What parents can do in the absence of summer programs

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The coronavirus pandemic has forced many summer programs across the country to cancel or transfer their practical programs to a virtual platform. After a spring of online learning and canceled summer enrichment activities, parents and educators are worried about their students’ academic losses.

“This is the most unusual and atypical summer we’ve seen,” said Matthew Boulay, founder of the National Summer Learning Association and author of How to Keep Your Kids Learning When Schools Are Closed: Tips, Tools and Activities to Help Parents Discover the The Power of Summer Learning in the Age of Covid-19. “We’ve been talking for a long time that summer is the most uneven time in America… so all of that inequality is exacerbated this summer.”

For parents whose kids don’t have a summer program this year, Boulay says one of the most important things is to create structure and routine. What is also important is to create a summer learning routine that is as child-centered and child-led as possible.

“We always say that summer learning is not a summer school,” he said. “You don’t need to teach your child trigonometry and advanced chemistry. You want to promote their interests, support their learning, make sure they have access to material … Find ways to capture and spark your child’s imagination and encourage them to move from topic to topic. other, from one idea to another, which is aligned with their interests.

From cooking and crafts, to watching documentaries and yoga in the living room, Boulay says there are many options parents can use for their children.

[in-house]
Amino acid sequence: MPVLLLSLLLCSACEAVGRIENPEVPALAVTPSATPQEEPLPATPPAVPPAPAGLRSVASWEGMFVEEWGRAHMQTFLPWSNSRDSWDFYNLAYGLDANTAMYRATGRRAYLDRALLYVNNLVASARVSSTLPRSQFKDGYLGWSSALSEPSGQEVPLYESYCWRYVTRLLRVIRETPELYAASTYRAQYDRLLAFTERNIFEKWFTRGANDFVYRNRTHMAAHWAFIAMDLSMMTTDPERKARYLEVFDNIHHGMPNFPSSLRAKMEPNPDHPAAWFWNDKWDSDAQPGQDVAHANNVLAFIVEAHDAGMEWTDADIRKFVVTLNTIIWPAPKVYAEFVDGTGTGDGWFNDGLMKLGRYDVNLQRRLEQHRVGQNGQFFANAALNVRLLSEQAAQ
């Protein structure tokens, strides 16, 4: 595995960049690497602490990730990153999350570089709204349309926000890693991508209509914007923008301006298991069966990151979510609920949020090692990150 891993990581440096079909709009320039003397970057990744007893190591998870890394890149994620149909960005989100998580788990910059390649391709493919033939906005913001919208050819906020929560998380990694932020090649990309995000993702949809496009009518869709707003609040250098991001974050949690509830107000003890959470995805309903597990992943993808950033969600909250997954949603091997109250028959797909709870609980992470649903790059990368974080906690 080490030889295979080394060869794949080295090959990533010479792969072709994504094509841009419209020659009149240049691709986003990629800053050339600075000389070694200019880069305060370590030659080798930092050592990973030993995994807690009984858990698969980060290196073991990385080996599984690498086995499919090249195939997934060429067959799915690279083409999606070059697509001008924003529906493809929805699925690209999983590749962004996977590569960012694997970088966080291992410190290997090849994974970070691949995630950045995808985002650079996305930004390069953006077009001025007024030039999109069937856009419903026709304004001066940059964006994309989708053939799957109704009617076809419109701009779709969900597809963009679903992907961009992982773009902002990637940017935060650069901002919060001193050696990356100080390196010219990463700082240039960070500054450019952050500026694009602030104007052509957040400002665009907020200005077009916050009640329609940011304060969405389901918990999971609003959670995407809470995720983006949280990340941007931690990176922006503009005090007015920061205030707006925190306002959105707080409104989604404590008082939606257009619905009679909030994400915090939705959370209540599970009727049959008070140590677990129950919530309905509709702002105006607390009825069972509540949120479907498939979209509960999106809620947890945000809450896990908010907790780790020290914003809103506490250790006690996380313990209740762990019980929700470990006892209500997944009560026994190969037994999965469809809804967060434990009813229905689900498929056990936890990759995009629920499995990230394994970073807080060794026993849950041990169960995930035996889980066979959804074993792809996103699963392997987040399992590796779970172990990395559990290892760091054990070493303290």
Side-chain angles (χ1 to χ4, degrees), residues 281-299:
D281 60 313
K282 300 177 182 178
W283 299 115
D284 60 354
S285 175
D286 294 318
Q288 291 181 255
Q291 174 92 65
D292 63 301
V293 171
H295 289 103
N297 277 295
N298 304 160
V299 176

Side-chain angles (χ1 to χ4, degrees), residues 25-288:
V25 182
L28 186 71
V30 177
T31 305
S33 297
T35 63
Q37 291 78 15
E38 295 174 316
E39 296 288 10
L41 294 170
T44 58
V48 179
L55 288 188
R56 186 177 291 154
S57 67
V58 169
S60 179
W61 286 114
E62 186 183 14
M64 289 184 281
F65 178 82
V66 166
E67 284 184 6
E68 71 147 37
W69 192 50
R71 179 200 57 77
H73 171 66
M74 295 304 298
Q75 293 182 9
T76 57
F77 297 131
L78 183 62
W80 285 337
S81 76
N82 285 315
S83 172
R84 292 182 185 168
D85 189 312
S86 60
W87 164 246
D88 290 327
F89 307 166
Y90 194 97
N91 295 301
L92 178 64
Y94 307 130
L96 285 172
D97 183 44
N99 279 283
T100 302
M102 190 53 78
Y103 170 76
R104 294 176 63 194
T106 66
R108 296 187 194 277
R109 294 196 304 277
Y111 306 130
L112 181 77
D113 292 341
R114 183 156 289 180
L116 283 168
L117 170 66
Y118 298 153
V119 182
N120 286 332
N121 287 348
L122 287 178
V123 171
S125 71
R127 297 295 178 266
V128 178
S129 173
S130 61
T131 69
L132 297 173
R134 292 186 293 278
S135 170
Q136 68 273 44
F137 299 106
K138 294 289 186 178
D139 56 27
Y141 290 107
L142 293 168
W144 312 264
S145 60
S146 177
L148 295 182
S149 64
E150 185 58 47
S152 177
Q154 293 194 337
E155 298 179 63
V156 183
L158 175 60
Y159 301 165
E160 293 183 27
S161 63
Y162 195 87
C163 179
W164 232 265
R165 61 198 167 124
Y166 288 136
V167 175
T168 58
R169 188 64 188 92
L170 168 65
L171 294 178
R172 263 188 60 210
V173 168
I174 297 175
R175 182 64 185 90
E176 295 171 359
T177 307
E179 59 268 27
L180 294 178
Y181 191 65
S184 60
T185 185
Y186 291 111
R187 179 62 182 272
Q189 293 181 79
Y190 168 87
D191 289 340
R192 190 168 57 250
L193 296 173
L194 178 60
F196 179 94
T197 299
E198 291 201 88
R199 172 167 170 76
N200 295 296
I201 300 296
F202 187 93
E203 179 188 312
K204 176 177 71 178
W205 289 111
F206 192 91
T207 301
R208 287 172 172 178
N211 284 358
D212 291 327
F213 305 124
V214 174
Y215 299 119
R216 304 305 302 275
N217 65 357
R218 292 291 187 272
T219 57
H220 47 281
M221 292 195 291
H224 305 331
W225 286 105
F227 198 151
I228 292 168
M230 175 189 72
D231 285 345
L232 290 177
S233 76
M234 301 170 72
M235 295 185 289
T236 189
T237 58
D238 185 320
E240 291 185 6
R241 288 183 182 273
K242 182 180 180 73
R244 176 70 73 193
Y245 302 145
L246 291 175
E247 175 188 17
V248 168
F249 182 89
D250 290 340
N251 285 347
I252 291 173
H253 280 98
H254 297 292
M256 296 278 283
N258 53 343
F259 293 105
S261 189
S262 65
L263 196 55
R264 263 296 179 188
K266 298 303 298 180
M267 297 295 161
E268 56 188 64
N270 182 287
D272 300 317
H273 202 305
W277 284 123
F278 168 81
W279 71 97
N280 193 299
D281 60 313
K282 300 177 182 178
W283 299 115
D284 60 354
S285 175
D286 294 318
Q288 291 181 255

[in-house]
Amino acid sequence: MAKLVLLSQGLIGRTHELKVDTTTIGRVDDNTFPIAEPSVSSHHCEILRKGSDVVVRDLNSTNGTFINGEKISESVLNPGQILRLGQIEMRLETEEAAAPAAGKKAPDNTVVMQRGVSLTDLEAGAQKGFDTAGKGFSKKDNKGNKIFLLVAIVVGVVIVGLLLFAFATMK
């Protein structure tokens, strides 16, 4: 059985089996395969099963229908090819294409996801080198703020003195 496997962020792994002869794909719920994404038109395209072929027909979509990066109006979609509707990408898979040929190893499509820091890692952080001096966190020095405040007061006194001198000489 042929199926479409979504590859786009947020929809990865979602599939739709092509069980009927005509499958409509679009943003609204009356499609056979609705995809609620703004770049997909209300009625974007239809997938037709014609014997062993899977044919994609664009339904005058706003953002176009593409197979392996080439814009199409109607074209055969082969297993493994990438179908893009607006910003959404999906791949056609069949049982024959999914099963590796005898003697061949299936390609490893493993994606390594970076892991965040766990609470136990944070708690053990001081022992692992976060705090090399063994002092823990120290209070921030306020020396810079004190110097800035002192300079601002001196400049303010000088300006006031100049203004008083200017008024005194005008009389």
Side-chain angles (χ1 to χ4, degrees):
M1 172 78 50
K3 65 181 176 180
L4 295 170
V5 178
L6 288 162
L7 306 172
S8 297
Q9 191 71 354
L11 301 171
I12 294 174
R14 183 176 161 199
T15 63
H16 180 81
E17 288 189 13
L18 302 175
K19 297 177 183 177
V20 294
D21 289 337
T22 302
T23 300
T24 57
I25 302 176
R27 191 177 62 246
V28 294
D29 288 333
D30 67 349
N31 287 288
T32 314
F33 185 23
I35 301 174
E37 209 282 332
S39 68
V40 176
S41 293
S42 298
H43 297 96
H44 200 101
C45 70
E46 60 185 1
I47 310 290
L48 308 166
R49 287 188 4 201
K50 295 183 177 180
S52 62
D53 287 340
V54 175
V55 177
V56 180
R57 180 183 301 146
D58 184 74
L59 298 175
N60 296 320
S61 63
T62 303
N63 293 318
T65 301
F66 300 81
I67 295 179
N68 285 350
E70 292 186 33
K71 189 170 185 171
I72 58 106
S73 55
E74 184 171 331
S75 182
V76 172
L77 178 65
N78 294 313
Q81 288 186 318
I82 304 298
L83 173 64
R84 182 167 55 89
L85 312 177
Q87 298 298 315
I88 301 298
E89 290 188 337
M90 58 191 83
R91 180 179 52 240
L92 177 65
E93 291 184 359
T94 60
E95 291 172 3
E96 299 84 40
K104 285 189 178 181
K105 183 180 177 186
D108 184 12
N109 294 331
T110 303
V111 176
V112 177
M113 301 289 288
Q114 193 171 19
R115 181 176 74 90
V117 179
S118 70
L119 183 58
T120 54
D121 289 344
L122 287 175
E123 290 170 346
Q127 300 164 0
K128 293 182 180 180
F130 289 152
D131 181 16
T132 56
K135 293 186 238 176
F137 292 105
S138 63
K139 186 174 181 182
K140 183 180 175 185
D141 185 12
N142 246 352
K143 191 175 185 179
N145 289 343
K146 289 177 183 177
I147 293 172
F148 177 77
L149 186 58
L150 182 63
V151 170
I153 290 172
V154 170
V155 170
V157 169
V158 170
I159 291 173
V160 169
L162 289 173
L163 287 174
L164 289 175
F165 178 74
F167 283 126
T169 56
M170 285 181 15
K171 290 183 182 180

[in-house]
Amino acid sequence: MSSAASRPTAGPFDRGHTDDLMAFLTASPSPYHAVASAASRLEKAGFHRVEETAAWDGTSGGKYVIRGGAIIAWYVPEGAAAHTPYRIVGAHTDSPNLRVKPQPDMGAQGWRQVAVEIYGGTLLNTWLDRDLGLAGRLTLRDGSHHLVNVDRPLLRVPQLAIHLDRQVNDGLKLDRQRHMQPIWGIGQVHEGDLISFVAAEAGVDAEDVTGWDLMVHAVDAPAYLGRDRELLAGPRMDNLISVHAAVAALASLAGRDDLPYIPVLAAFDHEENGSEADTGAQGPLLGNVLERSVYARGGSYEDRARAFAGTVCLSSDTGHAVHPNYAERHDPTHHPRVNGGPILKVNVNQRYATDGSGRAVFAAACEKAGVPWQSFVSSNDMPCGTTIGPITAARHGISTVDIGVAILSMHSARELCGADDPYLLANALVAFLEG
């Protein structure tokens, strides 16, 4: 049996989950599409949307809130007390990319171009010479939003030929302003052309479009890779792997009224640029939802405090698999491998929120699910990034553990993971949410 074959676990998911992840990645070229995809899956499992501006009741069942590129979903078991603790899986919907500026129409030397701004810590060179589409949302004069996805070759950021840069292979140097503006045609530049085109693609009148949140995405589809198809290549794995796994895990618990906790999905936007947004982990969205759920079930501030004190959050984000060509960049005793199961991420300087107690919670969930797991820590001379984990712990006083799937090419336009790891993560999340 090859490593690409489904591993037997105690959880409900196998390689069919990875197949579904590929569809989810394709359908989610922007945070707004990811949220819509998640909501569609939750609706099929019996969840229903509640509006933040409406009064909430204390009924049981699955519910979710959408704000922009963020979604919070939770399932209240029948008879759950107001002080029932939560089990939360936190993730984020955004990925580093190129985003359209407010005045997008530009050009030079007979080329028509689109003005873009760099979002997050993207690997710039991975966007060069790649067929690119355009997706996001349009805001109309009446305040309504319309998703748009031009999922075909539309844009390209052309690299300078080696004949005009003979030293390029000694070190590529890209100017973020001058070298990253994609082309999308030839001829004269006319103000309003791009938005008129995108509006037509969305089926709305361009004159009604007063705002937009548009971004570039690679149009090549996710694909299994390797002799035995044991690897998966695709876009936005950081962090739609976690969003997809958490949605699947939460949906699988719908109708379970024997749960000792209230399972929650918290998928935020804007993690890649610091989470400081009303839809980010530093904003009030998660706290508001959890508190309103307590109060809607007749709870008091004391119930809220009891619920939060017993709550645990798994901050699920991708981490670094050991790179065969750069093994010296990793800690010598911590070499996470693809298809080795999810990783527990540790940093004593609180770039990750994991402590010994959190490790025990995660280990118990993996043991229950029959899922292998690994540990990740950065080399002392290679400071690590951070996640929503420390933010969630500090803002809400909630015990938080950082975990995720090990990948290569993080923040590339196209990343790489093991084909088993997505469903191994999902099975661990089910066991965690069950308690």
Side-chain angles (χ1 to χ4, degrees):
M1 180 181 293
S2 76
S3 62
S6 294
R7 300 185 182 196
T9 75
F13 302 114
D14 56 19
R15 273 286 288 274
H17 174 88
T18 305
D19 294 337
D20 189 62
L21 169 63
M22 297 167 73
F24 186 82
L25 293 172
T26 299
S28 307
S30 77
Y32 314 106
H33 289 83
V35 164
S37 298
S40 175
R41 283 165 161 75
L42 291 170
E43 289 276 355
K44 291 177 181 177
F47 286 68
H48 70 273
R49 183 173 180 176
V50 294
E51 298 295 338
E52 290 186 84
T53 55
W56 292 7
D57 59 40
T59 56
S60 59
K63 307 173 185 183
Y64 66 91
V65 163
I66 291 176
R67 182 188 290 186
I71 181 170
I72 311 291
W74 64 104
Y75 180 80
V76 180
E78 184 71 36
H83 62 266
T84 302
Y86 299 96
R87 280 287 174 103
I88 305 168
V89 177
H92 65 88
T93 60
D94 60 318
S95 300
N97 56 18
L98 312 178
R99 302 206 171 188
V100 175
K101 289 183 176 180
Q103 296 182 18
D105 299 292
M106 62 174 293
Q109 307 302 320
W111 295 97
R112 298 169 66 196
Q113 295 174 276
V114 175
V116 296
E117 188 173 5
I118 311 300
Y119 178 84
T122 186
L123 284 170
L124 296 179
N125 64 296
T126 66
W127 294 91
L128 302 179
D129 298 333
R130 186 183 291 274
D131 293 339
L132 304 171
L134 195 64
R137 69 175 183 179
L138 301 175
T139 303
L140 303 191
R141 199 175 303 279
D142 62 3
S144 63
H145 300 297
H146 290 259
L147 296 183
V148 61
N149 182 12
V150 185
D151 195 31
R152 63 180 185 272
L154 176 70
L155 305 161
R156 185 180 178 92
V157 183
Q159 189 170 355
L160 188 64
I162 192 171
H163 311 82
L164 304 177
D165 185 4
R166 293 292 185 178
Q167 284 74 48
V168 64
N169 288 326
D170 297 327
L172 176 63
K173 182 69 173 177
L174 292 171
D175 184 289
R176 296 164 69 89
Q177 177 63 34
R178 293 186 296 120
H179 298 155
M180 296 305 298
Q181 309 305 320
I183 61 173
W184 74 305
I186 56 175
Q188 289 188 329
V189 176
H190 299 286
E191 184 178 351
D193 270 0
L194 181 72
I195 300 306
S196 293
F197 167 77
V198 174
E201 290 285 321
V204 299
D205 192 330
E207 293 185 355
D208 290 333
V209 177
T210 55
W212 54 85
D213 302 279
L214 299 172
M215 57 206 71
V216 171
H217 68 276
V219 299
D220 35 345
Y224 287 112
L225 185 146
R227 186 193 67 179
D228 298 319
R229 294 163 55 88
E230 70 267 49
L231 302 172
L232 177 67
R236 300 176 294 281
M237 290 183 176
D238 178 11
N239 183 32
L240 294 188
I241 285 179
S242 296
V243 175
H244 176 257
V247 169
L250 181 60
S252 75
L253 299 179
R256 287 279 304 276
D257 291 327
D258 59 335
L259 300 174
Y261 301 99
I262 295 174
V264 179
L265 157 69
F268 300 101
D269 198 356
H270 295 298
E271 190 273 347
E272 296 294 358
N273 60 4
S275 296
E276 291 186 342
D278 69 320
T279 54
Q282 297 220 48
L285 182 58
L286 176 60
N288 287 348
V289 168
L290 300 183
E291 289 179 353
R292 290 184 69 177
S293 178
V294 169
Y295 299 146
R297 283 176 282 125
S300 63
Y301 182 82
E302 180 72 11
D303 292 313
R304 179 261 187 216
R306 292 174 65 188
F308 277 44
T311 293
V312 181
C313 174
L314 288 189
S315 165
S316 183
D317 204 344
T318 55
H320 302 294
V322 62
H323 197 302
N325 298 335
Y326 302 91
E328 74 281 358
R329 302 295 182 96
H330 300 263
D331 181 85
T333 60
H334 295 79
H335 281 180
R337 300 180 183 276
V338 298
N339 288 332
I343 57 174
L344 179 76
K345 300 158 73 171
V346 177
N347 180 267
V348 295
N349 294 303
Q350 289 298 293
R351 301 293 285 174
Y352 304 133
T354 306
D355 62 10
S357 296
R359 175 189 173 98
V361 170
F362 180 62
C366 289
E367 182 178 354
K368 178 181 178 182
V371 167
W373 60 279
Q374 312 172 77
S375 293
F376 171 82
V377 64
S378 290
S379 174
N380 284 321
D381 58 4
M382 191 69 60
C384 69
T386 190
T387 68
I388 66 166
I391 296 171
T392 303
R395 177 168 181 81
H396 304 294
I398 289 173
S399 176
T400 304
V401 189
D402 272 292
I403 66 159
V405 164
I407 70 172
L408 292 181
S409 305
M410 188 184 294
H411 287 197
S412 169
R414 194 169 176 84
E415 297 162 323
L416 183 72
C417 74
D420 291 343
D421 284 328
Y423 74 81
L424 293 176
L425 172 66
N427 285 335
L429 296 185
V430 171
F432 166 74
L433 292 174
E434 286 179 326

Jodi Musoff, Education Specialist at the Child Mind Institute in New York, said parents should also be aware of the socio-emotional well-being of their children this summer.

“I think families need to do their best to find the balance in the school education that their children need… but really keeping a close eye on how their children are doing socially and emotionally at this point,” said she declared. “We can’t really expect children to benefit from school interventions if they’re not feeling well emotionally. “

To help reconnect kids with friends and peers, Musoff recommends creating a penpal system or a virtual book club, but stresses that each family’s needs will be different.

“The schools are all about collaboration and collaborative learning,” said Musoff. “And I hope they will come back to a collaborative environment. And I think they need to keep practicing these skills.

In addition to looking after your child, Boulay says it’s important for parents to remember to take time for them, especially as the summer progresses and schools start to reopen or move back to school. virtual learning.

“Find some time at the start or end of each day and check in and make sure during those crazy times that you’re okay. Parents need to stay healthy so that we can keep our children healthy.


Read more:

Summer programs struggle to keep learning while having fun at a distance

Photos: How the camps are tackling this summer’s uncertainty


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